At NeuRA, we are committed to producing high quality research that is rigorous, transparent and reproducible.

However, there is a growing recognition that reproducibility of scientific results is not as robust as previously accepted. This has wide implications for all forms of research, but especially health and medical research. Initiatives have been undertaken in the United Kingdom (e.g. by the Academy of Medical Sciences, Wellcome Trust, Medical Research Council) and in the USA (e.g. by the National Institutes of Health) to address the reproducibility and quality of research.

NeuRA has undertaken a review of research reproducibility and quality and established a formal Research Quality Committee. In 2018, the Committee investigated the state of work on reproducibility and quality at different levels within Australia and overseas. In December 2018 its report was accepted by the NeuRA Research Committee and its recommendations were implemented in 2019. The general recommendations were:

  • Raise awareness about the importance of research reproducibility and quality and how this can be achieved.
  • Educate and train researchers at all levels to improve research quality and the use of appropriate statistical methods.
  • Foster an environment at NeuRA in which robust science and the validity of all research findings are prioritised.
  • Promote open discussion of research reproducibility and quality with those at all levels within and outside NeuRA.
  • Promote a culture of open high-quality science by encouraging strategies such as pre-registration of plans, making data available, and putting unpublished work in a publicly accessible location.
  • Seek broad adoption of improved research quality and reproducibility at a national and international level.

These recommendations propose changes that drive improvements in clinical and non-clinical medical research by NeuRA staff and thereby enhance NeuRAs reputation as a research organisation.

If you have any questions or comments on research quality, please send them to Simon Gandevia (s.gandevia@neura.edu.au).

The importance of research quality

The Research Quality Committee has made available two videos to indicate the importance of research quality. Click on the titles below to watch them.

Professor Simon Gandevia (on behalf of the Committee)
Professor Geoff Cumming: Improving the trustworthiness of neuroscience research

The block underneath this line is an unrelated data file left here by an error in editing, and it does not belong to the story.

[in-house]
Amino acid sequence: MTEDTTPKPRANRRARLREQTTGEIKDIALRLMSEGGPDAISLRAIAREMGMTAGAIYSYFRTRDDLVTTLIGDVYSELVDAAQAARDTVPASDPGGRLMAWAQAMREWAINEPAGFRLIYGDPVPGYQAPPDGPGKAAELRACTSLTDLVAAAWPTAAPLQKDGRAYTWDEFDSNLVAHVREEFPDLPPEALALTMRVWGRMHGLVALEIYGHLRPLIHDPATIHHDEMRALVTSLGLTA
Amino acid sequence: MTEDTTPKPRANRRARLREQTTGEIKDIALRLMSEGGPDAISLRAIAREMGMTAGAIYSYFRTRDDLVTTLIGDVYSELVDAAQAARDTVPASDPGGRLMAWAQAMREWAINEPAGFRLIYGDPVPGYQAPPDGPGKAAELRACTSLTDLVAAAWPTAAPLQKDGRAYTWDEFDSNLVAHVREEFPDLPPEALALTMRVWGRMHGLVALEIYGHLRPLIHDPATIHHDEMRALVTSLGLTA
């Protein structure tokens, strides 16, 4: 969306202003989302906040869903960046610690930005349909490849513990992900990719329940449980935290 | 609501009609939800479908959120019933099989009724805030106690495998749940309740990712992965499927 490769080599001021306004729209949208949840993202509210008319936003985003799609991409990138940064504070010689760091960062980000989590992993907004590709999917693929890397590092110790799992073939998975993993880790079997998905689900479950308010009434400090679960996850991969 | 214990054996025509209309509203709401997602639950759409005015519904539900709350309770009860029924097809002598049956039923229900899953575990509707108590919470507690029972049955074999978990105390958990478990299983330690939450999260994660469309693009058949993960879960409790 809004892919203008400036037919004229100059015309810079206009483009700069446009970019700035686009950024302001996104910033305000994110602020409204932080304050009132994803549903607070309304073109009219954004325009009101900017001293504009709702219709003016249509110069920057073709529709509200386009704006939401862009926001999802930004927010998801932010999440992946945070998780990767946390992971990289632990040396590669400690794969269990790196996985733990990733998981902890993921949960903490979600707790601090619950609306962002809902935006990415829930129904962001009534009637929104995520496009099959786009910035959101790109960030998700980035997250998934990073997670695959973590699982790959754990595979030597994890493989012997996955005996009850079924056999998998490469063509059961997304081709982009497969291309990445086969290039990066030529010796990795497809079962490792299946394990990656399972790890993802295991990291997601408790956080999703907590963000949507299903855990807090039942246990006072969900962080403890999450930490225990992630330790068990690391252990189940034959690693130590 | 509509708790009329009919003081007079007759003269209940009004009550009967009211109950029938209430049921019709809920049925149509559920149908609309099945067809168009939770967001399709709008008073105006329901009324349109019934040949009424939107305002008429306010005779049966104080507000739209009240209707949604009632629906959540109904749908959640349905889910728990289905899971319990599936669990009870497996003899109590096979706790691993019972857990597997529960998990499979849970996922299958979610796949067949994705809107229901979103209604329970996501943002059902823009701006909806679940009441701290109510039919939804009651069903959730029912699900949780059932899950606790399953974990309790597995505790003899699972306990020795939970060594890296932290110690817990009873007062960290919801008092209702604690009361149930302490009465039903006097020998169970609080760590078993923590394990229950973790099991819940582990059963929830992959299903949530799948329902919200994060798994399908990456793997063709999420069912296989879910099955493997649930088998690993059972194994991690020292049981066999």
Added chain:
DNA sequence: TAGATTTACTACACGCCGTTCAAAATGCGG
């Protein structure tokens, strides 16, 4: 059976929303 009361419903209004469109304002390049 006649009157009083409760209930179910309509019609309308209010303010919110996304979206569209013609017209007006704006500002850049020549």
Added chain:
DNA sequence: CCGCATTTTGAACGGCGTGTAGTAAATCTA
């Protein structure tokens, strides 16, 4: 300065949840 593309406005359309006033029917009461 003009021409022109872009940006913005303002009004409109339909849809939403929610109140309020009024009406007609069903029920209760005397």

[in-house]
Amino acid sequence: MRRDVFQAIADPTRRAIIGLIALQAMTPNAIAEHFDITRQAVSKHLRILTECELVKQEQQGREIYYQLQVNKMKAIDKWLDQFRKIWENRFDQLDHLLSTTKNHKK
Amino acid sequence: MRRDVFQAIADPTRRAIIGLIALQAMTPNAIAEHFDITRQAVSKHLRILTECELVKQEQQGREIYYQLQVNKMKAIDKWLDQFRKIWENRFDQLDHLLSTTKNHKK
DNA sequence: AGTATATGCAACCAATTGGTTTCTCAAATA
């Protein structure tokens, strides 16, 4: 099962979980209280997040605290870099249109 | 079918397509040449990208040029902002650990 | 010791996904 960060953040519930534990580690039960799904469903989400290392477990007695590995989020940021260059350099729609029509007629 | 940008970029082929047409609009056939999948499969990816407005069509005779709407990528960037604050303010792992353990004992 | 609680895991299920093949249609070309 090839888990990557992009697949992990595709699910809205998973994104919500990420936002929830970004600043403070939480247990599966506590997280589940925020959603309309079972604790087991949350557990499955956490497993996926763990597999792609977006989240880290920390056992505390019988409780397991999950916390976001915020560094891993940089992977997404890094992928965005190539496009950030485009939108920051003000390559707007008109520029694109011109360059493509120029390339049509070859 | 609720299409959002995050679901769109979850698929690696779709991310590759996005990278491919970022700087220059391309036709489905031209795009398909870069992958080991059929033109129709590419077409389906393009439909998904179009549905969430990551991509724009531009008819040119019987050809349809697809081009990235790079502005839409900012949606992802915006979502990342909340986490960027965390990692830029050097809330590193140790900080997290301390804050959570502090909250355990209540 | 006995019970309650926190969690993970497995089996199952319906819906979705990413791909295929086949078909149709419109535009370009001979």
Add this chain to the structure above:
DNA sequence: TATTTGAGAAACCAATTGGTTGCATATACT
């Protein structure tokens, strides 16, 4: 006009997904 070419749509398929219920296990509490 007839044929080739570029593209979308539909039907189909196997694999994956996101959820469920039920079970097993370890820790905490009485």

Members of NeuRA's Research Quality Committee

NeuRA has undertaken a review of research reproducibility and quality and established a formal Research Quality Committee

The members of the committee include both junior and senior scientists at NeuRA.

The current members are:

  • Dr Annie Butler
  • Dr Andrew Cartwright
  • Dr Luke Egan
  • Dr Michael Green
  • Dr Martin Héroux
  • Mr Harrison Hansford
  • Dr Matthew Jones
  • Dr Euan McCaughey
  • Prof Simon Gandevia (convenor)
  • Mr Marel Parono
  • Dr Kim van Schooten

The foundation members are:

  • Dr Andrew Affleck
  • Dr Annie Butler
  • Dr Andrew Cartwright
  • Dr Aidan Cashin
  • A/Prof Kim Delbaere
  • Dr Michael Green
  • Dr Martin Héroux
  • Dr Euan McCaughey
  • Prof Simon Gandevia (convenor)
  • Prof Stephen Lord

Previously serving members: Prof Stephen Lord, A/Prof Kim Delbaere, Dr Emma Wallace, Dr Jasmine Menant, Dr Michael Wewege, Mr Rohan Kougious and Dr Kim Kiely.

The QuOCCA: Quality Output Checklist and Content Assessment

The goal of biomedical research is to generate new knowledge that is reproducible and, ideally, useful to clinicians and policymakers.

To achieve these goals, research must be well designed, properly conducted and clearly and transparently reported. But assessing this at an individual and organisational level can be difficult without easy-to-navigate, broadly applicable tools.

To fill this gap, the Research Quality Committee at NeuRA developed the QuOCCA a simple checklist specifically designed to support researchers to conduct more open, rigorous and reproducible science, and to allow institutes and institutions to evaluate the quality of their research output.

Find out more about the QuOCCA here